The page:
&gement, but with particular reference to
the friendship of the little folks of the fam
ily with which I was the temporary guest.
The candy was as white as the cloth be
neath it, being free from the poisonous
coloring ingredients so extensively used in
the confectionary art. I tasted it, and
found it delicately flavored awl very nice.
"My NI," said 1, "yoOr candy is very
good. Let me have a little more." I im
mediately saw that my remark had awak
ened in his youug heart- emotions which,
in themselves, were quite abstract from the
candy trade. His oountemlnce beamed
with joy, as he raised hisilarge eyes, spark
ling with delight, and obeierved, in reply:—
"It is good isn't it ? Afotter made it."
In these few words wail embodied an un
conscious exhibition of qbareater. Here
was a spontaneous outbutet of filial affec
Now this incident, in itself, was trifling:
but the spirit of the language carried my
mind hack through life more than thirty
years, and at irregular intervals bade me
pause and apply the \ sointiment to ome
item connected withrity,Own history.
Before making the aAcilication. however,
I wish to disalmse invielf of the charge
which such application May incur, of ap
propriating to myself the nobility of char
acter which I have above attributed to tile
candy hoy. Holding myLself exempt front
this arrogance, I would i dinply•say, I am
not ashamed of the profession of my affec
tion for my parents, and I hope I may not
outlive that profession.
When I was a little bey, at school, and
carried my dinner in a satchel made of cal -
ioo, some of my school-ntates carried theirs
in fashionable willow beasts, and some
times teased me Imicausei I carried mine in
a "poke." 1 felt vexed. but reconciled
myself with the recollection, that, if I did
carry a calico poke, "weeder istods it." In
leafs than twenty-five y alter that time,
one of these same echoobnatea was happy
to avail himself of the privilege of sending
his Children to my school to receive gra
tuitous instruction, proffered in view of his
extreme poverty. Ma! children came to
school without. any dinner. They had no
nice willow basket ; they needed no, calico
" po k e. ~
William Foster ruled his book with
ter than mine
hammered out of a piece of lead. ' Mother
made it, and I was satisfied with it. After
we grew up to be men, William Foster came
to me to get me to calculate interest on a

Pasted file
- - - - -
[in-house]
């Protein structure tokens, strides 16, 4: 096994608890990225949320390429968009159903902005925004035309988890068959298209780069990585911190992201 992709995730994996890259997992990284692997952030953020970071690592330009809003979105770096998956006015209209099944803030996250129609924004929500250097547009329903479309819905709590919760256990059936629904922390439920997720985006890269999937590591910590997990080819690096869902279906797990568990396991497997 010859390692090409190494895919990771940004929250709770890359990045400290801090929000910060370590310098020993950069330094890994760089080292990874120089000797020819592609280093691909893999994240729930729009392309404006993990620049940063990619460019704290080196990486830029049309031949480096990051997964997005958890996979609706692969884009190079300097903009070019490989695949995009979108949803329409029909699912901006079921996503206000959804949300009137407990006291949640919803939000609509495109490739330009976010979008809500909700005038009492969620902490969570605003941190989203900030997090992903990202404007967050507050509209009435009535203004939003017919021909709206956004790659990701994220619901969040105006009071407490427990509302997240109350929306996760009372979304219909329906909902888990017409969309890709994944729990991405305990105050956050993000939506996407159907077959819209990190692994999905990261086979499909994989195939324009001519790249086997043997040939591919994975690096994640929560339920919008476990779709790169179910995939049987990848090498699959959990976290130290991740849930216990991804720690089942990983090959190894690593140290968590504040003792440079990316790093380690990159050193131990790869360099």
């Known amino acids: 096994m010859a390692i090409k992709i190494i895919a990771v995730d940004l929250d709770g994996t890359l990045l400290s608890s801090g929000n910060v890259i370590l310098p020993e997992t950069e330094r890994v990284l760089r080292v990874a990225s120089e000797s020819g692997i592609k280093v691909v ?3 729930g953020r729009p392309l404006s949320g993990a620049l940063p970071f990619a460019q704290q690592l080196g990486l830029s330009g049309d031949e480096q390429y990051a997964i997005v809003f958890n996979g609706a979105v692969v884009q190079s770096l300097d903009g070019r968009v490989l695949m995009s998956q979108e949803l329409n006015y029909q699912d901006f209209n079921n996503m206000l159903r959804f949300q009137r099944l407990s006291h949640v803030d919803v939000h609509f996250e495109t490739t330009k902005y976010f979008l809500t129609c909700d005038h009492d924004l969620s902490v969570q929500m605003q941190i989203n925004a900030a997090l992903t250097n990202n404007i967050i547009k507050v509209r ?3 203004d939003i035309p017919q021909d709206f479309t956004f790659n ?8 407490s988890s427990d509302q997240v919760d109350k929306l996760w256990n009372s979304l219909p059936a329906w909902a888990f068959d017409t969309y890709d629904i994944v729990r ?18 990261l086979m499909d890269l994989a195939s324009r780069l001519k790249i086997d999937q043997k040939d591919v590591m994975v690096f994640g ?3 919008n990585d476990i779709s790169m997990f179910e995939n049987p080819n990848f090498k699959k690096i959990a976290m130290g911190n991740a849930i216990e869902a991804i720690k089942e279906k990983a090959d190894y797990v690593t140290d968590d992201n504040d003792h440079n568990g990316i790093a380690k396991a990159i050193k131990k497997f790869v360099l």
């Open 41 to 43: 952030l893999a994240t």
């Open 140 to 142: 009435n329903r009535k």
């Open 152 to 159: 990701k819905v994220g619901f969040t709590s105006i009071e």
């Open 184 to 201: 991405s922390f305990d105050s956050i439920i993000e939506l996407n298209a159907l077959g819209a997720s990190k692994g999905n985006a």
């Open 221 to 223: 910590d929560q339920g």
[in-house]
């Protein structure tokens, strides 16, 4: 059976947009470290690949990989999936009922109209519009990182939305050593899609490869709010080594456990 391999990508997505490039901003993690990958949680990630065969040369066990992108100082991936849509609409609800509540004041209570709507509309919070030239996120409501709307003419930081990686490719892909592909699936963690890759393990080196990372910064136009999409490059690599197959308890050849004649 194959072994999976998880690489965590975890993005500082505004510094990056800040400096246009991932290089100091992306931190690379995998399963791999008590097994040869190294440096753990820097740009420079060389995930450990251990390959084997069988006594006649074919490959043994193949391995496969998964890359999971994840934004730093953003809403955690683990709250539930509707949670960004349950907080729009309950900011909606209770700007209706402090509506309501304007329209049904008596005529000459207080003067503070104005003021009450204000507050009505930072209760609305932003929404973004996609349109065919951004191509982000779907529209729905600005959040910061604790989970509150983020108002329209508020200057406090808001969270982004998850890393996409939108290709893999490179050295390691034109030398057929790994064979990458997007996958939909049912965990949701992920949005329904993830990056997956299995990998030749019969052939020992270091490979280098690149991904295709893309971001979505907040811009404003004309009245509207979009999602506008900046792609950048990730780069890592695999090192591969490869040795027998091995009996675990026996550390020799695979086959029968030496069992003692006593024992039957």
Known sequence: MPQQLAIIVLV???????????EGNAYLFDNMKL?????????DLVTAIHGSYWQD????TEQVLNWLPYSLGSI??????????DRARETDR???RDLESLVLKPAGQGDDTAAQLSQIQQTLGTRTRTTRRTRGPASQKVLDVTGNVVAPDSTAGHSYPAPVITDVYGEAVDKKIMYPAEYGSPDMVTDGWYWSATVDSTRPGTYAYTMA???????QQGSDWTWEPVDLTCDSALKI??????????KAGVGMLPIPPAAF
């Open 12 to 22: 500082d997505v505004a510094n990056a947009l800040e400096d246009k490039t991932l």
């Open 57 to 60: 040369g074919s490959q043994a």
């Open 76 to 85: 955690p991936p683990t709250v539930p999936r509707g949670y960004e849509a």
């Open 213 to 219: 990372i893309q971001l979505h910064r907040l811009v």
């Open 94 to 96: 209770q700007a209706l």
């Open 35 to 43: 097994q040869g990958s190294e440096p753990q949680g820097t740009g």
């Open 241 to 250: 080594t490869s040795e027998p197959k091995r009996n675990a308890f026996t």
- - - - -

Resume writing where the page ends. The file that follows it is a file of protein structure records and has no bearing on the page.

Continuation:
small note, at six per cent. per annum ; he
carried a pencil worth four cents. I had
no gum-elastic he'll; but I had one made of
woolen rarelings and covered with leather.
•Mother made it."
When in my twenty-second year, I left
home to attend school in L. There were
in the school some fast young men, the
sons of wealthy parents. There were oth
ers whose good sense was not annihilated
by pecuniary advantages. Of the former
class was one John Stokes, who wore very
fine broadcloth. My best coat was not s
fine ; the cloth cost two dollars and fifty
cents a yard ; my mother had traded tow
check of her own manufacture for it, while
I was working to assist myfather in raising
his family ; she paid fifty cents for getting
the garment cut, and made it herself.---
John Stokes came one day to my desk.
held out his arm, compared his coat sleeve
with mine, and inquired, ironically, where
I got such a fine coat. I proudly told him,
"Mother mad. it!" He feigned great sur
prise, and sarea.stically observed he had
mistaken it fOr imported; he wished
he could get such fine crores, and won
dered if mother would not get hint up a
fine coat.
A short time afterward, while in a tailor
shop one morning with a fellow student,
John Stokes' tine cost was brought in by 21
lad, with instructions to scour and press
it. He was not in his class that day ;he
had been seen the previous night on Wat
er Street, rolling in the mud, drunk as
Bacchus. He left the school in disgrace.
He now lies in a drunkard's grave.
I boarded myself while attending school
here. I walked nine miles home at the
close of each week, and returned on Mon
day morning with my Wolof bread under
my arm. It would become stale before
Friday evening, but I always relished it
when I recollected that "ether made it."
I am now so far advanced in life that
my Friends begin to call me old. But
have not lived long enough to learn why I
should not still respect my mother and re
gard her affeetionately. She is quite ad
mused in years, and has nearly lost her
sight. Shli sits within a few feet of me,
sewing up a rent in m 7 linen cost while I
write this. She has been a widow eight
years, and is still toiling for the welfare of
her children. -She has never studies'
grammar, nor philosophy, nor music.- -
1 heee things were seldom taught in her
younger days. But she knows theirralue,
and has toiled bard many a day top:trellis-se
books for her children, and support them
at school. And shall I now curl the lip
of scorn, or blush in company, to hear her
substitute a verb of unity for one of plu
rality, or pronounce a word twenty years
behind the Welaterian era? Never—no
never! The old dilapidated grammar in
my library might testify against her style ;
but its testimony would be infinitely more
terrible against my ingratitude. I recol
lect well when she rode seven miles, one
cold winter's day, to sell produce and pur
chase that book for me, when I was a little
boy. It required a aserifiee, but "110r1111.k
ler At &mach near Sacramento a young
woman went to buy sane traps for her
wedding, which was to take place the next
day. While there she met an 01 bras,
married him and took him: The disap
pointed groom was so generous that he
Joined in the merry-making. and volunteer
ed to do the fiddling.
as .. Mina Limg, a girl of quick and teat
ime wit, eakedMoess if he knew a certain
young man. "Know him? 0, yes I I ought
to know him. I raised him fmni a pup."
".&h, I" said Miss Long, "I didn't know
you were so old a CWT." Moses wilted.